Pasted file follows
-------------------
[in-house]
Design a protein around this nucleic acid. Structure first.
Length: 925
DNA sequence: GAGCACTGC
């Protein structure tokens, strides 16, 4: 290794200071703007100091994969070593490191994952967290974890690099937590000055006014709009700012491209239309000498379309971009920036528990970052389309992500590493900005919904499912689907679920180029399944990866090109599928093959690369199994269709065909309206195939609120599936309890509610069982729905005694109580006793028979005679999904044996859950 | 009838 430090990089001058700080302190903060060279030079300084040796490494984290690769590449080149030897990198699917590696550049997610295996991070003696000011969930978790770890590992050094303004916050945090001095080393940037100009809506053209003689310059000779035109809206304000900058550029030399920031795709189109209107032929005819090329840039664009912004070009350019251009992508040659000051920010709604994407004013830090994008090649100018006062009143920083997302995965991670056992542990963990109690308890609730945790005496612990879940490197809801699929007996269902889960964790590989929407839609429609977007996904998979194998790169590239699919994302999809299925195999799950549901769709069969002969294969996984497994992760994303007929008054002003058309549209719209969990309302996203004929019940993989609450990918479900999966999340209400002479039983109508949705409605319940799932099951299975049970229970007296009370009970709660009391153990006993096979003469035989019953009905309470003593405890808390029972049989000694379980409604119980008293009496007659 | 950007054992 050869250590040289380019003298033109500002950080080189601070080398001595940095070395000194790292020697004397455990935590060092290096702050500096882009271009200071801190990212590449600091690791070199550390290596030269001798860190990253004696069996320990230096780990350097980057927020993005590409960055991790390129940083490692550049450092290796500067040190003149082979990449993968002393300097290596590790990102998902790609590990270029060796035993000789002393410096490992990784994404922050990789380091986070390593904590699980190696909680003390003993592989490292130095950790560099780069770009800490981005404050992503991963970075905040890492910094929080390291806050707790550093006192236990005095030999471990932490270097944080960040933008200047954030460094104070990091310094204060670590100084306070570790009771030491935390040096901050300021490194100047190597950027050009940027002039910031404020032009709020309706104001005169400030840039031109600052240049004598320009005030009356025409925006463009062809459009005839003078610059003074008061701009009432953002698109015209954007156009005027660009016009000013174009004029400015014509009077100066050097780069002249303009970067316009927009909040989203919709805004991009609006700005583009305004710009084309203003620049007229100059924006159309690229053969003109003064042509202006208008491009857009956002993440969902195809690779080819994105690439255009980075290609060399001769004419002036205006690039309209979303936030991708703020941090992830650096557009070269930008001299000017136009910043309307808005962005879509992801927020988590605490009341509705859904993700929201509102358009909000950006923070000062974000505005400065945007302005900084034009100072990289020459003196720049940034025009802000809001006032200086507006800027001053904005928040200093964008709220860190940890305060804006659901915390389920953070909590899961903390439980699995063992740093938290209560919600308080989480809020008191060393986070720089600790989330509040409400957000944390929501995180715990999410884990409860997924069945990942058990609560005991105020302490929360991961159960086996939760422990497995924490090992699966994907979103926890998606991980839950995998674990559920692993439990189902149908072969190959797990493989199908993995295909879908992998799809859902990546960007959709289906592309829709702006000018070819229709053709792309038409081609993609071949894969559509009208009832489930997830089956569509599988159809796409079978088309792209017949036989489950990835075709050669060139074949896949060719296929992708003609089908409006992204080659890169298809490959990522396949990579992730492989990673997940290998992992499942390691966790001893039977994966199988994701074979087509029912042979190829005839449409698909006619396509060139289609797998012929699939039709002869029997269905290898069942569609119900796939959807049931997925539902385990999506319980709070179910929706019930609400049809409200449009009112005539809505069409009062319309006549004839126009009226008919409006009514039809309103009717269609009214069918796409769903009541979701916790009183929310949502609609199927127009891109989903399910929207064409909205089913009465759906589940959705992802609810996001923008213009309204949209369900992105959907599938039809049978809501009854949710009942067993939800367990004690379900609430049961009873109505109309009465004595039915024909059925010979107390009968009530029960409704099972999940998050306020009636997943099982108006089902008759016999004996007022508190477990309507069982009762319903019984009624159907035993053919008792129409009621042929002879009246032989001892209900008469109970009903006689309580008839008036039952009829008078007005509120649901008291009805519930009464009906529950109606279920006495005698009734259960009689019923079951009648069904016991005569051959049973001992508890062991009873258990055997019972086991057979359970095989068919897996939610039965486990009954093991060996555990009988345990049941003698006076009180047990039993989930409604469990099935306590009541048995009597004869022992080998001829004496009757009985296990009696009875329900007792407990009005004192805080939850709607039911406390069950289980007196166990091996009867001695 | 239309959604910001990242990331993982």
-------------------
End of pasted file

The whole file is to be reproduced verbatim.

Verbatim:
[in-house]
Design a protein around this nucleic acid. Structure first.
Length: 925
DNA sequence: GAGCACTGC
């Protein structure tokens, strides 16, 4: 290794200071703007100091994969070593490191994952967290974890690099937590000055006014709009700012491209239309000498379309971009920036528990970052389309992500590493900005919904499912689907679920180029399944990866090109599928093959690369199994269709065909309206195939609120599936309890509610069982729905005694109580006793028979005679999904044996859950 | 009838 430090990089001058700080302190903060060279030079300084040796490494984290690769590449080149030897990198699917590696550049997610295996991070003696000011969930978790770890590992050094303004916050945090001095080393940037100009809506053209003689310059000779035109809206304000900058550029030399920031795709189109209107032929005819090329840039664009912004070009350019251009992508040659000051920010709604994407004013830090994008090649100018006062009143920083997302995965991670056992542990963990109690308890609730945790005496612990879940490197809801699929007996269902889960964790590989929407839609429609977007996904998979194998790169590239699919994302999809299925195999799950549901769709069969002969294969996984497994992760994303007929008054002003058309549209719209969990309302996203004929019940993989609450990918479900999966999340209400002479039983109508949705409605319940799932099951299975049970229970007296009370009970709660009391153990006993096979003469035989019953009905309470003593405890808390029972049989000694379980409604119980008293009496007659 | 950007054992 050869250590040289380019003298033109500002950080080189601070080398001595940095070395000194790292020697004397455990935590060092290096702050500096882009271009200071801190990212590449600091690791070199550390290596030269001798860190990253004696069996320990230096780990350097980057927020993005590409960055991790390129940083490692550049450092290796500067040190003149082979990449993968002393300097290596590790990102998902790609590990270029060796035993000789002393410096490992990784994404922050990789380091986070390593904590699980190696909680003390003993592989490292130095950790560099780069770009800490981005404050992503991963970075905040890492910094929080390291806050707790550093006192236990005095030999471990932490270097944080960040933008200047954030460094104070990091310094204060670590100084306070570790009771030491935390040096901050300021490194100047190597950027050009940027002039910031404020032009709020309706104001005169400030840039031109600052240049004598320009005030009356025409925006463009062809459009005839003078610059003074008061701009009432953002698109015209954007156009005027660009016009000013174009004029400015014509009077100066050097780069002249303009970067316009927009909040989203919709805004991009609006700005583009305004710009084309203003620049007229100059924006159309690229053969003109003064042509202006208008491009857009956002993440969902195809690779080819994105690439255009980075290609060399001769004419002036205006690039309209979303936030991708703020941090992830650096557009070269930008001299000017136009910043309307808005962005879509992801927020988590605490009341509705859904993700929201509102358009909000950006923070000062974000505005400065945007302005900084034009100072990289020459003196720049940034025009802000809001006032200086507006800027001053904005928040200093964008709220860190940890305060804006659901915390389920953070909590899961903390439980699995063992740093938290209560919600308080989480809020008191060393986070720089600790989330509040409400957000944390929501995180715990999410884990409860997924069945990942058990609560005991105020302490929360991961159960086996939760422990497995924490090992699966994907979103926890998606991980839950995998674990559920692993439990189902149908072969190959797990493989199908993995295909879908992998799809859902990546960007959709289906592309829709702006000018070819229709053709792309038409081609993609071949894969559509009208009832489930997830089956569509599988159809796409079978088309792209017949036989489950990835075709050669060139074949896949060719296929992708003609089908409006992204080659890169298809490959990522396949990579992730492989990673997940290998992992499942390691966790001893039977994966199988994701074979087509029912042979190829005839449409698909006619396509060139289609797998012929699939039709002869029997269905290898069942569609119900796939959807049931997925539902385990999506319980709070179910929706019930609400049809409200449009009112005539809505069409009062319309006549004839126009009226008919409006009514039809309103009717269609009214069918796409769903009541979701916790009183929310949502609609199927127009891109989903399910929207064409909205089913009465759906589940959705992802609810996001923008213009309204949209369900992105959907599938039809049978809501009854949710009942067993939800367990004690379900609430049961009873109505109309009465004595039915024909059925010979107390009968009530029960409704099972999940998050306020009636997943099982108006089902008759016999004996007022508190477990309507069982009762319903019984009624159907035993053919008792129409009621042929002879009246032989001892209900008469109970009903006689309580008839008036039952009829008078007005509120649901008291009805519930009464009906529950109606279920006495005698009734259960009689019923079951009648069904016991005569051959049973001992508890062991009873258990055997019972086991057979359970095989068919897996939610039965486990009954093991060996555990009988345990049941003698006076009180047990039993989930409604469990099935306590009541048995009597004869022992080998001829004496009757009985296990009696009875329900007792407990009005004192805080939850709607039911406390069950289980007196166990091996009867001695 | 239309959604910001990242990331993982």